Foreword author(s)

A milestone in perception occurred in 1971, when the Whitney Museum of American Art displayed quilts in a museum setting: Abstract Design in American Quilts bestowed institutional recognition of the artistry inherent in these humble textiles. In subsequent decades, quilting’s popularity exploded. Some who took up quilting created pieced quilts that honored traditional patterns, symmetry, and repetition. But others saw the potential for pushing beyond patchwork, giving birth to the art quilt. Today, adherents from both art and quilting backgrounds incorporate storytelling, digital images, nonfabric materials, asymmetry, and three dimensions—in short, anything goes in the world of art quilting, as long as the result is stitched, layered, and not primarily functional.

As a writer covering textiles, art, and craft, Linzee Kull McCray wondered just how deeply fiber artists were influenced by their surroundings. Focusing on midwestern art quilters in particular, she put out a call for entries and nearly 100 artists responded; they were free to define those aspects of midwesterness that most affected their work. The artists selected for inclusion in this book embrace the Midwest’s climate, land, people, and culture, and if they don’t always embrace it wholeheartedly, then they use their art to react to it. The proof can be seen in the varied, powerful quilts in this energizing book.

Enlivened by the Midwest’s landscapes and seasons, Sally Bowker paints her fabrics with acrylics, creating marks and meaning with layers of hand stitching and appliqued bits of fabric. Shin-hee Chin uses sketchlike stitching for its ability to penetrate fabric and create depth; living in the Midwest helps her stay balanced between eastern philosophy and western culture. The metals and mesh that Diane Núñez incorporates into her quilts connect to her days as a jeweler as well as to the topography of her home state of Michigan. Pat Owoc prepares papers with disperse dyes, then selects from as many as 150 to create her fabrics; her art-quilt series honors midwestern pioneers. Martha Warshaw photographs old fabrics, tweaks the images in Photoshop, and prints the results for her pieces, which connect her to the legacy of quilting in past generations.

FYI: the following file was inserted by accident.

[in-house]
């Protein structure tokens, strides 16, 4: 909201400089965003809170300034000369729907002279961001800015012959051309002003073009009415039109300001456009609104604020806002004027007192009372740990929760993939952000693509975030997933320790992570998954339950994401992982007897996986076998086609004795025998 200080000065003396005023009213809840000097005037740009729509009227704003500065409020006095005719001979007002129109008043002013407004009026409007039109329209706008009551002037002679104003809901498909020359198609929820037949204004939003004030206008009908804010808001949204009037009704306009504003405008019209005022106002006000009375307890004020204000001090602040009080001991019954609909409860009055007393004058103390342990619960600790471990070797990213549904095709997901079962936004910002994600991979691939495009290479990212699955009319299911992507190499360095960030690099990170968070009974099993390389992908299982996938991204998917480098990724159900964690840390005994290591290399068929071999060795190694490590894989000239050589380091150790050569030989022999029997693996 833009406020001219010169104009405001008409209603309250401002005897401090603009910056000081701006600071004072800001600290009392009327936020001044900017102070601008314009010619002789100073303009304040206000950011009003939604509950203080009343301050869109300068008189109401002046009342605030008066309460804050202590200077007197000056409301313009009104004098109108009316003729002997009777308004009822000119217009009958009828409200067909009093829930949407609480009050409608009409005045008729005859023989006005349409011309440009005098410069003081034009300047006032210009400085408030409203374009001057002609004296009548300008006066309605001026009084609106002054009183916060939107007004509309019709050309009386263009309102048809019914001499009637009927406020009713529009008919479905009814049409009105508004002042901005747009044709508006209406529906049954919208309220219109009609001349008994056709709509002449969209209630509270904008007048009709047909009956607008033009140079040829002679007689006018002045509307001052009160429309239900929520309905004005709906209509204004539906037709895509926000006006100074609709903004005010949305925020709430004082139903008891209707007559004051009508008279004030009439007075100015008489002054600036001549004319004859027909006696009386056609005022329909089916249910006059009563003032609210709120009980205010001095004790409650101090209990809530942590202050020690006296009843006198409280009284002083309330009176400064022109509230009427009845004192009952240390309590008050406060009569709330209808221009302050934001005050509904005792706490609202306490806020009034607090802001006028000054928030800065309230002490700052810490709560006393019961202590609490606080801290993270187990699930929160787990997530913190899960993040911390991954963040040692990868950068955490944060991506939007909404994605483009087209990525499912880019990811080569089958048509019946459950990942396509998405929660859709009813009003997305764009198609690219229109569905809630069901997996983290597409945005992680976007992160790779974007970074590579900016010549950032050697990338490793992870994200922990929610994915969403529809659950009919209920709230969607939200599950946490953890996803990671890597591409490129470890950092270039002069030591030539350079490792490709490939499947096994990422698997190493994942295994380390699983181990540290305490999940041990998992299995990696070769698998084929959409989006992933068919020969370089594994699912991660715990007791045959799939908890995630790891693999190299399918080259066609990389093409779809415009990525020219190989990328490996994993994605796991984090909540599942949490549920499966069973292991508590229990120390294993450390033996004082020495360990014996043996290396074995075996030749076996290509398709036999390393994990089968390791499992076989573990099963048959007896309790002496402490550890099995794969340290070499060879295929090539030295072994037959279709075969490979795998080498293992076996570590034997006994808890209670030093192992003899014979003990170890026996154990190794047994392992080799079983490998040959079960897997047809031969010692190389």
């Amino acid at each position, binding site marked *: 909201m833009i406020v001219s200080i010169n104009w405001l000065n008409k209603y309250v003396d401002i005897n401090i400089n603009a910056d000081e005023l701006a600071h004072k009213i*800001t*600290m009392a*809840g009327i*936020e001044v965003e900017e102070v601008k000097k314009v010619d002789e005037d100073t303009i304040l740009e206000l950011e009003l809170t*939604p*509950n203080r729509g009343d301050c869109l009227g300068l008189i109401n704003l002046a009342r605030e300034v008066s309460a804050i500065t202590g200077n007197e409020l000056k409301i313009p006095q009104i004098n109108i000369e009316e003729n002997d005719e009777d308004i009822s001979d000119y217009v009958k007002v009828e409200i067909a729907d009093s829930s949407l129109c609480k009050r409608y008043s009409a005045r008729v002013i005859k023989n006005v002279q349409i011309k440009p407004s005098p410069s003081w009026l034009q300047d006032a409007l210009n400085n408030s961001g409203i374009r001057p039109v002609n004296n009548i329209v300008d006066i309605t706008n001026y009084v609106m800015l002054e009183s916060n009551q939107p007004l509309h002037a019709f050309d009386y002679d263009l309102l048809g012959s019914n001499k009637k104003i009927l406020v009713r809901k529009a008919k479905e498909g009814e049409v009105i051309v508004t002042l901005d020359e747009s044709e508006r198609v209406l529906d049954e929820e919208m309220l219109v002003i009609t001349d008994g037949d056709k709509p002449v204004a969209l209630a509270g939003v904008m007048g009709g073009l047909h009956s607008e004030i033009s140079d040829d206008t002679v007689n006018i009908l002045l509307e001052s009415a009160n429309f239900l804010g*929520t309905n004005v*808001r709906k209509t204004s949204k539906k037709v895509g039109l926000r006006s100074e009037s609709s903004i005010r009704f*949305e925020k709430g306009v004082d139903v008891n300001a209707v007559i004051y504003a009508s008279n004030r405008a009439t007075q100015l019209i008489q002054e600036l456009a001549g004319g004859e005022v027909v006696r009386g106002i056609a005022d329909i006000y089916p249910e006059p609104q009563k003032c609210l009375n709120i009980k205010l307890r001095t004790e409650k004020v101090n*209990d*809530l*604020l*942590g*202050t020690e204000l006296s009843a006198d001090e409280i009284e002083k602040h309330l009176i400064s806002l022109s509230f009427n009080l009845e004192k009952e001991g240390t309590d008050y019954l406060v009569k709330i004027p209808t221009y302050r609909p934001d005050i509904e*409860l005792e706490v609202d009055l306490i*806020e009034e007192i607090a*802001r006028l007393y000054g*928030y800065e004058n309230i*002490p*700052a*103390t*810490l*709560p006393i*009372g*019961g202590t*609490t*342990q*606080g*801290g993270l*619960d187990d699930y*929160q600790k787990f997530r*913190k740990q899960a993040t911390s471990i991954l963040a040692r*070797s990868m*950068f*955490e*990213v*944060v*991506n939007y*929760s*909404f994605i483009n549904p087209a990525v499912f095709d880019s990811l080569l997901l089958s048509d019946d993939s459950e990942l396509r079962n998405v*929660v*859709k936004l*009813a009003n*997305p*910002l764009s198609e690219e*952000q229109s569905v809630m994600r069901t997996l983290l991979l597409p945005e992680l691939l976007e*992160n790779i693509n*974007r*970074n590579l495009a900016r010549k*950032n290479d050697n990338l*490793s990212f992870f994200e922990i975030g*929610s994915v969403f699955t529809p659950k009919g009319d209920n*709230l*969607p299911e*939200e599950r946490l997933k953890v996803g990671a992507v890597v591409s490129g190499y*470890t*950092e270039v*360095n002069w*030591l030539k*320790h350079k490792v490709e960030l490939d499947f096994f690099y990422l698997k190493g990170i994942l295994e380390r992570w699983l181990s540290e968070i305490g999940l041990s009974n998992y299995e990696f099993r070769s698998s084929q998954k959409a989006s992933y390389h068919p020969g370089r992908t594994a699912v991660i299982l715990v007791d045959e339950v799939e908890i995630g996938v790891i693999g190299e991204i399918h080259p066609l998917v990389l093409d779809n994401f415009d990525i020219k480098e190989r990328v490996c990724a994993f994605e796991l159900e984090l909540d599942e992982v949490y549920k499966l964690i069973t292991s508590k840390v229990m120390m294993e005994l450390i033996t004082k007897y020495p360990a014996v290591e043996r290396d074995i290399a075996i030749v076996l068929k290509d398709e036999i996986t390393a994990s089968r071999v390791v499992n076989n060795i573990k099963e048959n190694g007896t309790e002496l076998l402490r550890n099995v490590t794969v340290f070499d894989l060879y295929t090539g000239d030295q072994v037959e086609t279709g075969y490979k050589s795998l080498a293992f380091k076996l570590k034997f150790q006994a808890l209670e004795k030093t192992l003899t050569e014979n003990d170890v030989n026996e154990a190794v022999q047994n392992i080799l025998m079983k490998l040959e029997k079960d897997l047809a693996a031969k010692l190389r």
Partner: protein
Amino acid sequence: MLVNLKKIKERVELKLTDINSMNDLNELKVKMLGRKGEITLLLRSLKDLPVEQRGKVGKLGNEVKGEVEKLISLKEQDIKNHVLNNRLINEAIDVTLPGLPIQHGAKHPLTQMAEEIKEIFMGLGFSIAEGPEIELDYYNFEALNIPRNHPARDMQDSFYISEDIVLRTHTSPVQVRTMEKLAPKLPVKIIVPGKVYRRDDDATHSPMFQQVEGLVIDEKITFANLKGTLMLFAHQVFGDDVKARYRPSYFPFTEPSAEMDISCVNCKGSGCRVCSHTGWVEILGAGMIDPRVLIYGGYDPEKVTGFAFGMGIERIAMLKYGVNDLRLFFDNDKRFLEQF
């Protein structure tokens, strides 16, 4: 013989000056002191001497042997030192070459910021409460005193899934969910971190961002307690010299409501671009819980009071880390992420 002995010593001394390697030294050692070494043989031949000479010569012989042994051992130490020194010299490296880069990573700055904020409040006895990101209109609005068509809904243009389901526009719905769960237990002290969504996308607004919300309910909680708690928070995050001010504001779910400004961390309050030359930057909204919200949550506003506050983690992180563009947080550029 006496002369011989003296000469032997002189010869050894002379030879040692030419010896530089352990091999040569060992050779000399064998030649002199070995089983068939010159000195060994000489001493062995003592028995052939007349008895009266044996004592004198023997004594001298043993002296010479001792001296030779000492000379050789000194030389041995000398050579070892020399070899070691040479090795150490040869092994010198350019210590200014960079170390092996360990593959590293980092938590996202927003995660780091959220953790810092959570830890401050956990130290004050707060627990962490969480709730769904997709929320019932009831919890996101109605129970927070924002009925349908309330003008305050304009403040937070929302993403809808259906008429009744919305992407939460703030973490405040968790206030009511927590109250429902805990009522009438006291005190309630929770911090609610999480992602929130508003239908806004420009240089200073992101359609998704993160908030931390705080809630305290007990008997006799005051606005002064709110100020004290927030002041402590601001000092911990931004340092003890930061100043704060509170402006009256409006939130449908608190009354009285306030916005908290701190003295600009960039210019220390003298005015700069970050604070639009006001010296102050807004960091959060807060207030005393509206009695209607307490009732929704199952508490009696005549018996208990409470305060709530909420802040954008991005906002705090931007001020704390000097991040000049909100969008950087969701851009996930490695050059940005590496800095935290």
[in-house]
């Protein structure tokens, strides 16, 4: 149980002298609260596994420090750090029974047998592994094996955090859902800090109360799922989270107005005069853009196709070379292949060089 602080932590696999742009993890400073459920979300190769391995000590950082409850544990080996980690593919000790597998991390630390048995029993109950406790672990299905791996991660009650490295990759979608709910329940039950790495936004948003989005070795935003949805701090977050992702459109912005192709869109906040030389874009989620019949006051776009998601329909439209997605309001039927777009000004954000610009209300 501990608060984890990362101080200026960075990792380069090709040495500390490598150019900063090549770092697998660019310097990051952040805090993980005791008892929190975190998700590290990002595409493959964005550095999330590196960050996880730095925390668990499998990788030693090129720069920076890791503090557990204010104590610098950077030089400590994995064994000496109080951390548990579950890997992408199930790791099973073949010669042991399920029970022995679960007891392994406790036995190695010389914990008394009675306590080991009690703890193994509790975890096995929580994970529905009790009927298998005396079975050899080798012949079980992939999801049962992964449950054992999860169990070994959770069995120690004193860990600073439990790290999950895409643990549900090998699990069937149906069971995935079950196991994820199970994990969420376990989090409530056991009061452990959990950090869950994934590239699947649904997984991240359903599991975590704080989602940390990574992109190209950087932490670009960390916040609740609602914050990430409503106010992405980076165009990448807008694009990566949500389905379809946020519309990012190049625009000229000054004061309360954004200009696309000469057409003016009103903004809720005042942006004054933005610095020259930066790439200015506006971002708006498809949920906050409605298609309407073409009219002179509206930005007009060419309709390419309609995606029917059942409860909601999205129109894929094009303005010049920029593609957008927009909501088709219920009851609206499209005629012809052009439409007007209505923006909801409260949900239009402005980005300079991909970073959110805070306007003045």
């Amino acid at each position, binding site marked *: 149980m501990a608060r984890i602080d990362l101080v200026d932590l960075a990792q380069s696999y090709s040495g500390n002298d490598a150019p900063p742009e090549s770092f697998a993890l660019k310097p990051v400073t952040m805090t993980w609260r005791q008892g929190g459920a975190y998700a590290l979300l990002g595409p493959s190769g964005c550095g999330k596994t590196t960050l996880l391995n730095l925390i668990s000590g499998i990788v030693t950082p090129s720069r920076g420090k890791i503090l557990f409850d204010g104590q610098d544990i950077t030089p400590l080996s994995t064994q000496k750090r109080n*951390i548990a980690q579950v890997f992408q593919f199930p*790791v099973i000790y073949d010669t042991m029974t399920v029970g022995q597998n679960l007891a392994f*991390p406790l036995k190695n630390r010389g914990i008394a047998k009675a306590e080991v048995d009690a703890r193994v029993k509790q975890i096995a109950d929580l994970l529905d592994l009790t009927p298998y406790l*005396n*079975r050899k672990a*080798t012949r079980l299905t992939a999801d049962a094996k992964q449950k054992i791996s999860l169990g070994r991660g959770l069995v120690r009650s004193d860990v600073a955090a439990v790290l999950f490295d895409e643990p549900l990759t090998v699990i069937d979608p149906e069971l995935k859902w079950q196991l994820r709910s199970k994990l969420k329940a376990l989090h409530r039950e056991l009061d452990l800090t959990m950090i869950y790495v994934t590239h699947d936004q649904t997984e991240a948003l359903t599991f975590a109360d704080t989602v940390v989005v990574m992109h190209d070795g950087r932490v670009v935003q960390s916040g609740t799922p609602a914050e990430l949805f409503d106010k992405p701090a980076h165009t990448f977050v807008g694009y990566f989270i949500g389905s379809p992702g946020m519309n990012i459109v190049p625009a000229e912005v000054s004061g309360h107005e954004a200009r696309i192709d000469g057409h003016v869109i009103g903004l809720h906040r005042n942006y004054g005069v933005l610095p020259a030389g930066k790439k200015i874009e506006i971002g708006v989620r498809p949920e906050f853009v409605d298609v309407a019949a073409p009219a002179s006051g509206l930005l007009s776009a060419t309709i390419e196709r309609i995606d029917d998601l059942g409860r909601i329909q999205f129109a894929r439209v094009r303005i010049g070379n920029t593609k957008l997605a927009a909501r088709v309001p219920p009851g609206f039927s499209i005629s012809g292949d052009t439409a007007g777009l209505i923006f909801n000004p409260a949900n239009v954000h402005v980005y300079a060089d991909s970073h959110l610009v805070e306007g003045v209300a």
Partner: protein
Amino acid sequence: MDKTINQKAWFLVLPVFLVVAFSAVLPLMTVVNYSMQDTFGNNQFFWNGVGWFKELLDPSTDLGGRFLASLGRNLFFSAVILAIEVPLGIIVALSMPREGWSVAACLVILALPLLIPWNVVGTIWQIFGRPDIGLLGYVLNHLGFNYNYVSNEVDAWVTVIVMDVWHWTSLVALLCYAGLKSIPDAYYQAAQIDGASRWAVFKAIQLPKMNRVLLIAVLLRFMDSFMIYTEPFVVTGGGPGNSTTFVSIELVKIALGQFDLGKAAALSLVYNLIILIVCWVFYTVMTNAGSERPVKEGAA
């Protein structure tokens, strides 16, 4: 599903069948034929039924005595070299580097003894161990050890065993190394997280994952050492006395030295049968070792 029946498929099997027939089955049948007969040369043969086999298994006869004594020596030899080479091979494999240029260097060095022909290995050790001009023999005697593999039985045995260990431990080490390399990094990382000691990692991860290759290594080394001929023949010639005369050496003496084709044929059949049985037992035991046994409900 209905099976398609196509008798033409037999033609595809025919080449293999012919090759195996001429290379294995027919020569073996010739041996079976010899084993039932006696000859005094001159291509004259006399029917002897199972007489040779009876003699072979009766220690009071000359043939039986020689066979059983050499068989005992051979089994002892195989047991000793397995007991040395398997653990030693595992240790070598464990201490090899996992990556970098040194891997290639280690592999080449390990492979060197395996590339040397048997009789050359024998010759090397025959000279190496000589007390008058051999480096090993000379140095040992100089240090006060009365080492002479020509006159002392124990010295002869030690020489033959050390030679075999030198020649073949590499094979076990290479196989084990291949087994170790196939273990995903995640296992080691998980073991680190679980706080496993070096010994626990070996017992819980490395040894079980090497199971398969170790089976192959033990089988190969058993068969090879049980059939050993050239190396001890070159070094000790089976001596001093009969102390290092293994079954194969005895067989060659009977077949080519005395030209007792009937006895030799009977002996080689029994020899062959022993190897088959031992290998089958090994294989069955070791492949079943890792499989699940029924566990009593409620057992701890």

The Midwest has always had strong textile communities. Now the twenty artists featured in this beautifully illustrated book have created a new community of original art forms that bring new life to an old tradition.

The Artists

Marilyn Ampe, St. Paul, Minnesota

Gail Baar, Buffalo Grove, Illinois

Sally Bowker, Cornucopia, Wisconsin

Peggy Brown, Nashville, Indiana

Shelly Burge, Lincoln, Nebraska

Shin-hee Chin, McPherson, Kansas

Sandra Palmer Ciolino, Cincinnati, Ohio

Jacquelyn Gering, Chicago, Illinois

Kate Gorman, Westerville, Ohio

Donna Katz, Chicago, Illinois

Beth Markel, Rochester Hills, Michigan

Diane Núñez, Southfield, Michigan

Pat Owoc, St. Louis, Missouri

BJ Parady, Batavia, Illinois

Bonnie Peterson, Houghton, Michigan

Luanne Rimel, St. Louis, Missouri

Barbara Schneider, Woodstock, Illinois

Susan Shie, Wooster, Ohio

Martha Warshaw, Cincinnati, Ohio

Erick Wolfmeyer, Iowa City, Iowa

Art Quilts of the Midwest explores the essence of present-day and historic midwestern life in art quilts. Whether you hail from California, Quebec, or Australia, Linzee McCray’s thoughtful writing reveals how regional landscapes, culture, and history influence artists everywhere.”—Bill Kerr, Modern Quilt Studio 
“Linzee McCray has the knack of getting to the heart of artists’ work—piecing together their motivations and inspirations into stories as unique and colorful as the quilts themselves.”—Janine Vangool, editor, UPPERCASE

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Publication Details

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Pages, art, trim size
104 pages, 60 color photographs, 8 x 9 inches